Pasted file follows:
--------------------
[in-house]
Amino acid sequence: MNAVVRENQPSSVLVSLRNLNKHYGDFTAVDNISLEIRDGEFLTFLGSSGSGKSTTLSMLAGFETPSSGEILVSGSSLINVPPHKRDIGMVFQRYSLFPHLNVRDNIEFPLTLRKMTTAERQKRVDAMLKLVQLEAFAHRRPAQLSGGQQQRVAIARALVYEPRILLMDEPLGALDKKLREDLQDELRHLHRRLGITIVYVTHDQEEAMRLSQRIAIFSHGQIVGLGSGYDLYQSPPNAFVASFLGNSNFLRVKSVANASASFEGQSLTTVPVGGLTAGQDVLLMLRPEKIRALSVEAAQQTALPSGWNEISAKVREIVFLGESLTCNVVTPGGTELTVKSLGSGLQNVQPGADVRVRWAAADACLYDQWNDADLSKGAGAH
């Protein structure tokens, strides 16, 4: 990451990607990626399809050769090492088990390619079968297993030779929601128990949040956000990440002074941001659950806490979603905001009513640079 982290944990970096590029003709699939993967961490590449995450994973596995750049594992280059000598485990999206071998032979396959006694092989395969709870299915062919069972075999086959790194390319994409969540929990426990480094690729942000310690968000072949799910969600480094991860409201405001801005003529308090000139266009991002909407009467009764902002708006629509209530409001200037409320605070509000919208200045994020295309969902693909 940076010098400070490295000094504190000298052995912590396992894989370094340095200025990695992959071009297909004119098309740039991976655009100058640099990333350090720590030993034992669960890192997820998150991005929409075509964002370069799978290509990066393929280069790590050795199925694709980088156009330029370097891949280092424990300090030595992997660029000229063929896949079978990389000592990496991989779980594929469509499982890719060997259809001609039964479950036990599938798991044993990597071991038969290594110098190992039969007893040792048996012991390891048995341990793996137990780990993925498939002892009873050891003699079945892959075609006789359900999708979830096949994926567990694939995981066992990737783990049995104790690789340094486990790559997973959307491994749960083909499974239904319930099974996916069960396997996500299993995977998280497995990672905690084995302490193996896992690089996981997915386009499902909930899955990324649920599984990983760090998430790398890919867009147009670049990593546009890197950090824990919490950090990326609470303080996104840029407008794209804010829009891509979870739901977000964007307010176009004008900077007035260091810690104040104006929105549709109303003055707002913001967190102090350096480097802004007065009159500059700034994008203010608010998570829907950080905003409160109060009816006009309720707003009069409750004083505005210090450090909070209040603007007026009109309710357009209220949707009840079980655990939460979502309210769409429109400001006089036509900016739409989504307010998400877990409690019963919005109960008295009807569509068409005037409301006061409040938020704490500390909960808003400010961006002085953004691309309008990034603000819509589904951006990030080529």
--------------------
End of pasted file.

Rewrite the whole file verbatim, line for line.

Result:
[in-house]
Amino acid sequence: MNAVVRENQPSSVLVSLRNLNKHYGDFTAVDNISLEIRDGEFLTFLGSSGSGKSTTLSMLAGFETPSSGEILVSGSSLINVPPHKRDIGMVFQRYSLFPHLNVRDNIEFPLTLRKMTTAERQKRVDAMLKLVQLEAFAHRRPAQLSGGQQQRVAIARALVYEPRILLMDEPLGALDKKLREDLQDELRHLHRRLGITIVYVTHDQEEAMRLSQRIAIFSHGQIVGLGSGYDLYQSPPNAFVASFLGNSNFLRVKSVANASASFEGQSLTTVPVGGLTAGQDVLLMLRPEKIRALSVEAAQQTALPSGWNEISAKVREIVFLGESLTCNVVTPGGTELTVKSLGSGLQNVQPGADVRVRWAAADACLYDQWNDADLSKGAGAH
């Protein structure tokens, strides 16, 4: 990451990607990626399809050769090492088990390619079968297993030779929601128990949040956000990440002074941001659950806490979603905001009513640079 982290944990970096590029003709699939993967961490590449995450994973596995750049594992280059000598485990999206071998032979396959006694092989395969709870299915062919069972075999086959790194390319994409969540929990426990480094690729942000310690968000072949799910969600480094991860409201405001801005003529308090000139266009991002909407009467009764902002708006629509209530409001200037409320605070509000919208200045994020295309969902693909 940076010098400070490295000094504190000298052995912590396992894989370094340095200025990695992959071009297909004119098309740039991976655009100058640099990333350090720590030993034992669960890192997820998150991005929409075509964002370069799978290509990066393929280069790590050795199925694709980088156009330029370097891949280092424990300090030595992997660029000229063929896949079978990389000592990496991989779980594929469509499982890719060997259809001609039964479950036990599938798991044993990597071991038969290594110098190992039969007893040792048996012991390891048995341990793996137990780990993925498939002892009873050891003699079945892959075609006789359900999708979830096949994926567990694939995981066992990737783990049995104790690789340094486990790559997973959307491994749960083909499974239904319930099974996916069960396997996500299993995977998280497995990672905690084995302490193996896992690089996981997915386009499902909930899955990324649920599984990983760090998430790398890919867009147009670049990593546009890197950090824990919490950090990326609470303080996104840029407008794209804010829009891509979870739901977000964007307010176009004008900077007035260091810690104040104006929105549709109303003055707002913001967190102090350096480097802004007065009159500059700034994008203010608010998570829907950080905003409160109060009816006009309720707003009069409750004083505005210090450090909070209040603007007026009109309710357009209220949707009840079980655990939460979502309210769409429109400001006089036509900016739409989504307010998400877990409690019963919005109960008295009807569509068409005037409301006061409040938020704490500390909960808003400010961006002085953004691309309008990034603000819509589904951006990030080529």